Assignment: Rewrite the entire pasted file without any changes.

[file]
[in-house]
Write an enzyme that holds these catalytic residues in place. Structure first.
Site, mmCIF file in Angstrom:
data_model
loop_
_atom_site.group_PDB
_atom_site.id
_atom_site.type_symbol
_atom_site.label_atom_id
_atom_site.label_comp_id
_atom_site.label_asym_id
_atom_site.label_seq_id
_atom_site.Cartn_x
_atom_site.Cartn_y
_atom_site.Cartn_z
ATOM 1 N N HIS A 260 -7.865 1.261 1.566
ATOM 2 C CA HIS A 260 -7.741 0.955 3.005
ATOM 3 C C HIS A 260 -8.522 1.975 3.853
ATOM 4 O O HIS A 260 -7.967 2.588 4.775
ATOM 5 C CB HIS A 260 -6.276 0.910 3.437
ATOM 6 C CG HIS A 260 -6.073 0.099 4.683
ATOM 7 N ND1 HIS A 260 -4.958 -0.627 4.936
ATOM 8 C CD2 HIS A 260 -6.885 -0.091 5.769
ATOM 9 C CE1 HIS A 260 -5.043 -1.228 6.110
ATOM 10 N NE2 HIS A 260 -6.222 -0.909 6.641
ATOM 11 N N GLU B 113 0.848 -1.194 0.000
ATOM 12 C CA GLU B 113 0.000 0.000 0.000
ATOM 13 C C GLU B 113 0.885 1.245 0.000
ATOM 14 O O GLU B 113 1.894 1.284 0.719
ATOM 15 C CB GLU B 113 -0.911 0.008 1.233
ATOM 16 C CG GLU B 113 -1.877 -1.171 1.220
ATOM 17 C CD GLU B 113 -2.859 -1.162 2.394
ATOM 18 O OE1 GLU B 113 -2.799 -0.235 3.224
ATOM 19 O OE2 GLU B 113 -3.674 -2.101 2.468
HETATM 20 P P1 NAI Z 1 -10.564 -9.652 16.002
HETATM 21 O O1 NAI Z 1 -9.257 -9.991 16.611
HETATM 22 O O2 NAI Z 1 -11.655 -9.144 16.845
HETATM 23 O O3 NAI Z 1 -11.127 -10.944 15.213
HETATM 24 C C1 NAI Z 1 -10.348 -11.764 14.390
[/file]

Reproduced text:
[in-house]
Write an enzyme that holds these catalytic residues in place. Structure first.
Site, mmCIF file in Angstrom:
data_model
loop_
_atom_site.group_PDB
_atom_site.id
_atom_site.type_symbol
_atom_site.label_atom_id
_atom_site.label_comp_id
_atom_site.label_asym_id
_atom_site.label_seq_id
_atom_site.Cartn_x
_atom_site.Cartn_y
_atom_site.Cartn_z
ATOM 1 N N HIS A 260 -7.865 1.261 1.566
ATOM 2 C CA HIS A 260 -7.741 0.955 3.005
ATOM 3 C C HIS A 260 -8.522 1.975 3.853
ATOM 4 O O HIS A 260 -7.967 2.588 4.775
ATOM 5 C CB HIS A 260 -6.276 0.910 3.437
ATOM 6 C CG HIS A 260 -6.073 0.099 4.683
ATOM 7 N ND1 HIS A 260 -4.958 -0.627 4.936
ATOM 8 C CD2 HIS A 260 -6.885 -0.091 5.769
ATOM 9 C CE1 HIS A 260 -5.043 -1.228 6.110
ATOM 10 N NE2 HIS A 260 -6.222 -0.909 6.641
ATOM 11 N N GLU B 113 0.848 -1.194 0.000
ATOM 12 C CA GLU B 113 0.000 0.000 0.000
ATOM 13 C C GLU B 113 0.885 1.245 0.000
ATOM 14 O O GLU B 113 1.894 1.284 0.719
ATOM 15 C CB GLU B 113 -0.911 0.008 1.233
ATOM 16 C CG GLU B 113 -1.877 -1.171 1.220
ATOM 17 C CD GLU B 113 -2.859 -1.162 2.394
ATOM 18 O OE1 GLU B 113 -2.799 -0.235 3.224
ATOM 19 O OE2 GLU B 113 -3.674 -2.101 2.468
HETATM 20 P P1 NAI Z 1 -10.564 -9.652 16.002
HETATM 21 O O1 NAI Z 1 -9.257 -9.991 16.611
HETATM 22 O O2 NAI Z 1 -11.655 -9.144 16.845
HETATM 23 O O3 NAI Z 1 -11.127 -10.944 15.213
HETATM 24 C C1 NAI Z 1 -10.348 -11.764 14.390